Example (try it):

int x = 1 & 5; // 0001 & 0101, result 0001, which is 1


Instanceof Operator

object instanceof class

This is a special operator used for checking if an object’s class is or inherits another class.

Result is a boolean.

Example (try it):

Object obj = new Object();
boolean inherits = obj instanceof Object; //true


Order of Precedence

Priority Operators Associativity
1 ()  []  . Left to right
2 ++  — ! ~ Right to left
3 * / % Left to right
4 + – Left to right
5 >> << Left to right
6 > >= < <= Left to right
7 == != Left to right
8 & Left to right
9 ^ Left to right
10 | Left to right
11 && Left to right
12 || Left to right
13 ?: Right to left
14 = += -= *= /= %= >>= <<= &= ^= |= Right to left
15 , Left to right

This shows the order in which operators are evaluated.

Arithmetic operations follow the same order of operations as found in algebra.

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Comments are remarks made by you for other human beings, to help them understand your code.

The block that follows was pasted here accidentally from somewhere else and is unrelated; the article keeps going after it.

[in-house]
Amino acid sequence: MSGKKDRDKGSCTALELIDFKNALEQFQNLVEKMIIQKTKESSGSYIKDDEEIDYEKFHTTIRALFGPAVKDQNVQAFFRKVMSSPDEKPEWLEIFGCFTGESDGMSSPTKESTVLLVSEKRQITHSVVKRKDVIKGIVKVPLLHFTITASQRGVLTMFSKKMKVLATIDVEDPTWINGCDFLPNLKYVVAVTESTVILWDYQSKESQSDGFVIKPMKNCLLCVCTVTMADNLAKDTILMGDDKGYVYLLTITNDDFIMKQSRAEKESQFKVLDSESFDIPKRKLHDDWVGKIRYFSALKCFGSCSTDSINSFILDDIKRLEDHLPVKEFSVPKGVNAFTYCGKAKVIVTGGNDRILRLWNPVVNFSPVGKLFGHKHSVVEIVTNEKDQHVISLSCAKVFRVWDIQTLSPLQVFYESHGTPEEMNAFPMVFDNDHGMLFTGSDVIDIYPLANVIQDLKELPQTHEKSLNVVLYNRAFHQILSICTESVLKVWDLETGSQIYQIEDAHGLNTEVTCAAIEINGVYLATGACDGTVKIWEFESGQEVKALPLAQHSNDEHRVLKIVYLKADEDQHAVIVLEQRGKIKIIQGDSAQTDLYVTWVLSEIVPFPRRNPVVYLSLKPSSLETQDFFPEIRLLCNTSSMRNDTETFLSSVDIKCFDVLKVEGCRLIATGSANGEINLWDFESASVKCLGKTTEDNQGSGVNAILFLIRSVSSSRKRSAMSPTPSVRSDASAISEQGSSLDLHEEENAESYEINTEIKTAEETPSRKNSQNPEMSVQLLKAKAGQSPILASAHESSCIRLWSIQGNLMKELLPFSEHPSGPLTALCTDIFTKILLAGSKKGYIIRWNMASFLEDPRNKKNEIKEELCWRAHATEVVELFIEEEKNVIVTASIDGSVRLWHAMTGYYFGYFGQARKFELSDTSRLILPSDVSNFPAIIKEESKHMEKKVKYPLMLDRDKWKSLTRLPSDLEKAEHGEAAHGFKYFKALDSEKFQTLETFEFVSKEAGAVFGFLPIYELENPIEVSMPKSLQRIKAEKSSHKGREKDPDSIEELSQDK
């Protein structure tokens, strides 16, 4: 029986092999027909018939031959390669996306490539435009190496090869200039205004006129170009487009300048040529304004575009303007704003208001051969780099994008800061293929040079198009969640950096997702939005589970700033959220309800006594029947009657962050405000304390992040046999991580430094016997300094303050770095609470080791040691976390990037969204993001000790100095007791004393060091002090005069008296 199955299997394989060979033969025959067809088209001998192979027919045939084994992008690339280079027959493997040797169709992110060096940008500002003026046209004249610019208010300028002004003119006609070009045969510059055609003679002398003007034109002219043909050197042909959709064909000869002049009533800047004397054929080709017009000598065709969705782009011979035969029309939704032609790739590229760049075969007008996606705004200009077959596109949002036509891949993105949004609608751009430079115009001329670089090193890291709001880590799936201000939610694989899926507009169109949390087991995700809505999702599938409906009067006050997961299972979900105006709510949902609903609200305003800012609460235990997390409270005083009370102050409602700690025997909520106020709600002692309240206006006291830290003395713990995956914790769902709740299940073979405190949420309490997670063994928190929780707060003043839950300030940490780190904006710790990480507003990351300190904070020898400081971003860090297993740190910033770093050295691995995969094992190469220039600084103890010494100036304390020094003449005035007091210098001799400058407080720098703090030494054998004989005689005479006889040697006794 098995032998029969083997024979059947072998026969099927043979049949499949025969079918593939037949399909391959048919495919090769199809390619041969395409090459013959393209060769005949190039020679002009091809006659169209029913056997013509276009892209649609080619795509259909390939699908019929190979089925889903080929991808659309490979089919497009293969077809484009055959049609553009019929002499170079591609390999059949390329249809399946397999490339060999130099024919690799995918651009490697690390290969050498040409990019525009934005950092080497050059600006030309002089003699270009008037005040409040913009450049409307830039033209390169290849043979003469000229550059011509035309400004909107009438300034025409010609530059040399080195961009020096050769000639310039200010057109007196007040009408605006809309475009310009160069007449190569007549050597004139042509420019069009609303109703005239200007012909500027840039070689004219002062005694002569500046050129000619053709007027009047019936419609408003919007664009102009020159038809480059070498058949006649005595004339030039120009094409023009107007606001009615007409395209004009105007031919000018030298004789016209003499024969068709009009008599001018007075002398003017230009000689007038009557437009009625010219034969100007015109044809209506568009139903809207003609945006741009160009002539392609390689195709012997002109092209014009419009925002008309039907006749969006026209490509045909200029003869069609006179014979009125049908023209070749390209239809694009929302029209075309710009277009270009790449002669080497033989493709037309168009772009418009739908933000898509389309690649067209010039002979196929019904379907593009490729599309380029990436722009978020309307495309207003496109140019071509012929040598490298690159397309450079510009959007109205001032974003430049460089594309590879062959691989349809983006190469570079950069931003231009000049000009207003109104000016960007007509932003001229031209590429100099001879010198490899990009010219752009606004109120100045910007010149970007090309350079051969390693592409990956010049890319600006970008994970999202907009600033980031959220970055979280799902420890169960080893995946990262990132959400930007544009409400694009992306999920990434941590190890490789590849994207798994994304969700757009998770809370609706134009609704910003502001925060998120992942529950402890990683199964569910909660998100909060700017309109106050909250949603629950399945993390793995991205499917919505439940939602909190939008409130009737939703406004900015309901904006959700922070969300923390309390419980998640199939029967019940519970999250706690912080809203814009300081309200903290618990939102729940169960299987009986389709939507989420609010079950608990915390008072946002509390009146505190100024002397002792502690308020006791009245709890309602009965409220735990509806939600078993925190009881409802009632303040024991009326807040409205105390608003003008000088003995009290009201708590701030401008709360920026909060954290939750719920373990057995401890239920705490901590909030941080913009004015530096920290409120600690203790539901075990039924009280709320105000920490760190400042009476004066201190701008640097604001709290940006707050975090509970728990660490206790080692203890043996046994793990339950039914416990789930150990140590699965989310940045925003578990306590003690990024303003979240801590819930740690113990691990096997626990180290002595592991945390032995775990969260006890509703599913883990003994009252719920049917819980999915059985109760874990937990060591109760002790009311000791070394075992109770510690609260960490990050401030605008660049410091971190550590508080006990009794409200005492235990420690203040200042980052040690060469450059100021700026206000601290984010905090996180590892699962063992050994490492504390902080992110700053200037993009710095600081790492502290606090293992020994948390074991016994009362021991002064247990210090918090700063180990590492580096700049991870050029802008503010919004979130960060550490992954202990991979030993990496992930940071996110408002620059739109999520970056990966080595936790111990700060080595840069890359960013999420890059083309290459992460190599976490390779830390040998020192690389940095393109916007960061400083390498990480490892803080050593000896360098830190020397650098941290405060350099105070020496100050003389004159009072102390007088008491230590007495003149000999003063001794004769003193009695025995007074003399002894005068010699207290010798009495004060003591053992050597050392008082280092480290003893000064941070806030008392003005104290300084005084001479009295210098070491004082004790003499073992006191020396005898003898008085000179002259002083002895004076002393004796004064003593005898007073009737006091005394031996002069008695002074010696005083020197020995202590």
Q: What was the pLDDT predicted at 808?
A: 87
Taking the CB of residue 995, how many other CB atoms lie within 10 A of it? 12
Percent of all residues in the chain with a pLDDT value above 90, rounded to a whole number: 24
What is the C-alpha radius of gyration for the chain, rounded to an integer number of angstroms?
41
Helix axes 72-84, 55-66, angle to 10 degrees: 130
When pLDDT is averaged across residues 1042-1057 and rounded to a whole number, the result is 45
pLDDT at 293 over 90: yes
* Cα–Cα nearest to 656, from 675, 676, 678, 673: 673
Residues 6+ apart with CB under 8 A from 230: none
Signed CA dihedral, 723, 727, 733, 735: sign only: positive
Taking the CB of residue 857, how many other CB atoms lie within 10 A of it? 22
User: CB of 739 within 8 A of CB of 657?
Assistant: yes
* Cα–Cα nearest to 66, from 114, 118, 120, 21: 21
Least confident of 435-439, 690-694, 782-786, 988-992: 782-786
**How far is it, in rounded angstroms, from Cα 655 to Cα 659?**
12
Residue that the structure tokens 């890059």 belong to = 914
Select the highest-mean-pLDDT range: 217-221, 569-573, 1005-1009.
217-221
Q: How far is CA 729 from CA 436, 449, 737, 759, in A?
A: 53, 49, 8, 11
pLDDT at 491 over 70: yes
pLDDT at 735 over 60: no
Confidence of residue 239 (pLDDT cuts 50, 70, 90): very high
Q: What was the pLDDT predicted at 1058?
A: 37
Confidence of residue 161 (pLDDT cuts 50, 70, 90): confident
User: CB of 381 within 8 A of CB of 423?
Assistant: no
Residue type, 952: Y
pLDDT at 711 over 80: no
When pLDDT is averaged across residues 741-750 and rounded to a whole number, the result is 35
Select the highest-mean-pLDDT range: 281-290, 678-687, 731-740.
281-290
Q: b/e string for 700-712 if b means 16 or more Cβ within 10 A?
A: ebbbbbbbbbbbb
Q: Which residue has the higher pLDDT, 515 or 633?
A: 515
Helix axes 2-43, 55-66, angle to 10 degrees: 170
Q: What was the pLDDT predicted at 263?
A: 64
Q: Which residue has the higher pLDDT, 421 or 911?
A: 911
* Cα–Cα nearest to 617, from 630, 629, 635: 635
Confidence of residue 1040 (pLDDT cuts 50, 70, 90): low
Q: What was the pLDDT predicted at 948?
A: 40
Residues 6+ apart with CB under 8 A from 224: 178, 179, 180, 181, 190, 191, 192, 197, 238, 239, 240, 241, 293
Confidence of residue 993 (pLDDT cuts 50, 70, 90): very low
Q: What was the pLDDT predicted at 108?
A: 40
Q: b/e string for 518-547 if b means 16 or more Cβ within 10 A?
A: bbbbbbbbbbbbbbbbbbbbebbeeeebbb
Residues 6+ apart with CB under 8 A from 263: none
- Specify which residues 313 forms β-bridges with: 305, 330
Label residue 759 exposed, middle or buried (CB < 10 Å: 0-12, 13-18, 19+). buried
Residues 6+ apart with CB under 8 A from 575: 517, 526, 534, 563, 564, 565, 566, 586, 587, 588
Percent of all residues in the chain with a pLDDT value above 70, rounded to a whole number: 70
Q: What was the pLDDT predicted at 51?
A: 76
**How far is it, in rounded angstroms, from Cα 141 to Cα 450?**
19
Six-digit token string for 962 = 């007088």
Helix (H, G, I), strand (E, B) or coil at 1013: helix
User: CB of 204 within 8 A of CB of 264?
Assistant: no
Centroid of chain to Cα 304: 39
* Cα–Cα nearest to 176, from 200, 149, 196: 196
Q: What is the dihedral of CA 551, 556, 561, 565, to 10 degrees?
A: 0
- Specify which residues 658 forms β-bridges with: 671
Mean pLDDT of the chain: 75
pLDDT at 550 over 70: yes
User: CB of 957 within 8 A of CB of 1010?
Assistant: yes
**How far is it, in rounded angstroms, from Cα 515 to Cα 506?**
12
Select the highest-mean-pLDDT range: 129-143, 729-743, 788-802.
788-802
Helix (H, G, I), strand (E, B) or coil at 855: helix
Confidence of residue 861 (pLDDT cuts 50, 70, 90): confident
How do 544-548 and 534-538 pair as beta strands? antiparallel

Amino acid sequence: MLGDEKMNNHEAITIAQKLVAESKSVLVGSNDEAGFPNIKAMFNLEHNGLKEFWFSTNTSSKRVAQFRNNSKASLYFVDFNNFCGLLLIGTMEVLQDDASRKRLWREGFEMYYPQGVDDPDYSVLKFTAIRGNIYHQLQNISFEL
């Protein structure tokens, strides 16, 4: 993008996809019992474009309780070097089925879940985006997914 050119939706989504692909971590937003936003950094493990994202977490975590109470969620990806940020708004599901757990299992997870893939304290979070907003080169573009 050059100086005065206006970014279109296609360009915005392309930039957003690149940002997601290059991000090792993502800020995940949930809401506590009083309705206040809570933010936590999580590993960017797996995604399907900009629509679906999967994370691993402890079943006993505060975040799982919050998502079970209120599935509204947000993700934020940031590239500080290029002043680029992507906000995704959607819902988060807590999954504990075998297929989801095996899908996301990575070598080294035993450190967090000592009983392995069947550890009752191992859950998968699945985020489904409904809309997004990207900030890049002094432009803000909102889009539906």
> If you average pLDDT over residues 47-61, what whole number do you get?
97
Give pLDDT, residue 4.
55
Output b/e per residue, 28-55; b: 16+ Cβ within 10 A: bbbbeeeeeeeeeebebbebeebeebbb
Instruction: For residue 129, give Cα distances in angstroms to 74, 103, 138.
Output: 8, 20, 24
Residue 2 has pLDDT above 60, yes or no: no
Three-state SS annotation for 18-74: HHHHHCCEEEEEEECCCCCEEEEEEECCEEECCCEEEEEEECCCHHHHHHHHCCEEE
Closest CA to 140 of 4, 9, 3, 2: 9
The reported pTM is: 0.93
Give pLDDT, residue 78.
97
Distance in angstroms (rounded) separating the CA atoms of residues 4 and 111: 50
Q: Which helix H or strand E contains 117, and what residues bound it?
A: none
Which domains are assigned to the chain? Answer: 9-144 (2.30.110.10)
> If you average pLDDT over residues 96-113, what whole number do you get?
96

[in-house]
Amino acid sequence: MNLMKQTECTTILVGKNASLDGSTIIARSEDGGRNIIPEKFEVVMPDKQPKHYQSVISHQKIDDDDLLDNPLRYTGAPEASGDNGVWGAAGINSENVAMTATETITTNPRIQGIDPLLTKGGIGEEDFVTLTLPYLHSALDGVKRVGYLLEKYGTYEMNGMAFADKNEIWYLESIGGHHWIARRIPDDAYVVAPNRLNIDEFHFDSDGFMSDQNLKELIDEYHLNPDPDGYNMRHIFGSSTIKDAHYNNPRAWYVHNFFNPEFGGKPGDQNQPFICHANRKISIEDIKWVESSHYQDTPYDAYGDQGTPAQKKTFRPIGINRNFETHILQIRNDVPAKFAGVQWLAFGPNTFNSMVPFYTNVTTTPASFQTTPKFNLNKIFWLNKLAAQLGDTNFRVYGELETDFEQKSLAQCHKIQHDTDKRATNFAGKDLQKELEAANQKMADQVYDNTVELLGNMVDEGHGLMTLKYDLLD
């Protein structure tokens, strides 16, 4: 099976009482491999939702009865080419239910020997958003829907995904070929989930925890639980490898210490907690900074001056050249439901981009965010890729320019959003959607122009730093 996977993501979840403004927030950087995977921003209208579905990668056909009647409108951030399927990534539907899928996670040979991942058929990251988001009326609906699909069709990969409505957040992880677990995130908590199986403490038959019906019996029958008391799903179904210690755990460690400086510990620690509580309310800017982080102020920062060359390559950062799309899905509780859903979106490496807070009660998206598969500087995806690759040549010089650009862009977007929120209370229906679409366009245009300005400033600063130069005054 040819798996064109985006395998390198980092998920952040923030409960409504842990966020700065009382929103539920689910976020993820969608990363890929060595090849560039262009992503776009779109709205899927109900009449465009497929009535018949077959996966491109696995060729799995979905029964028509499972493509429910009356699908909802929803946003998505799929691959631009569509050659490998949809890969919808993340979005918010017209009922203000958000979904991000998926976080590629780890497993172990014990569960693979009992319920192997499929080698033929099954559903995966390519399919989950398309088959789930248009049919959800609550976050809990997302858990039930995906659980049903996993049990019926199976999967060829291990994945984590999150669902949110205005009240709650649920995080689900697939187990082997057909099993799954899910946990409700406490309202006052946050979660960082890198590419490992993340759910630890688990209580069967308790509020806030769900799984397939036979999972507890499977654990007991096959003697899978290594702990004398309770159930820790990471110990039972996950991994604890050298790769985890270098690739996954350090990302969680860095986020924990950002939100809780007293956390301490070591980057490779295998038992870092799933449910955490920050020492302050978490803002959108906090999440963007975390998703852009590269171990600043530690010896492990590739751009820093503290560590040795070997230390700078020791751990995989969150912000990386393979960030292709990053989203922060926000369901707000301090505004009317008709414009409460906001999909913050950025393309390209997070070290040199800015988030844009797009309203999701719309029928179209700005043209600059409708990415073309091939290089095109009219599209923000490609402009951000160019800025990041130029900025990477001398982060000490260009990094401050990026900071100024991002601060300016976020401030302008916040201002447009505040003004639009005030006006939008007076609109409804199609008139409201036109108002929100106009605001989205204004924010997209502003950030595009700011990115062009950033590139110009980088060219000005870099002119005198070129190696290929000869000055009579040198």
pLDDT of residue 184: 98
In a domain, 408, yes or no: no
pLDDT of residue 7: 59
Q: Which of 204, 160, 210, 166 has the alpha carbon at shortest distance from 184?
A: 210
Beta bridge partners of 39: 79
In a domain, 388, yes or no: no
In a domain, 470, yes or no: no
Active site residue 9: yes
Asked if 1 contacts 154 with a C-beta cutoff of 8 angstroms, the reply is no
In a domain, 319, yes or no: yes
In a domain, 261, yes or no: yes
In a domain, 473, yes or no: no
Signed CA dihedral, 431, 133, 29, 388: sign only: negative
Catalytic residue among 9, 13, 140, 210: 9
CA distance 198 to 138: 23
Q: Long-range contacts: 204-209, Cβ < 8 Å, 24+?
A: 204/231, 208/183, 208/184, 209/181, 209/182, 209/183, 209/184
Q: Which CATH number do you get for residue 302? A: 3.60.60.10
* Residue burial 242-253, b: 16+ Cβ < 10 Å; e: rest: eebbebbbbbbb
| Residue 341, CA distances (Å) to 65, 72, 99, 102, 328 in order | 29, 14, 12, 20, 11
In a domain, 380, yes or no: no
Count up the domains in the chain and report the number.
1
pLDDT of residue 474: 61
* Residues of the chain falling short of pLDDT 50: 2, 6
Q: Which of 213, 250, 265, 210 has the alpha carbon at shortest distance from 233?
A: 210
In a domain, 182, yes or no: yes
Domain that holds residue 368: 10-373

Comments are ignored by the compiler. That is, not executed.


Single Line

// comment

All from // to end of the line are ignored.

Example (try it):

x = 0; //all up to ; are compiled


Multiple Line

/* comment */

All from /* to */ are ignored.

Example (try it):

     This is not compiled



/** comment */

All from /** to */ are ignored.

This is used by a utility called javadoc to document classes, interfaces, and methods.

See javadoc for more.

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Steps of setting up your computer to be able to follow this tutorial are here.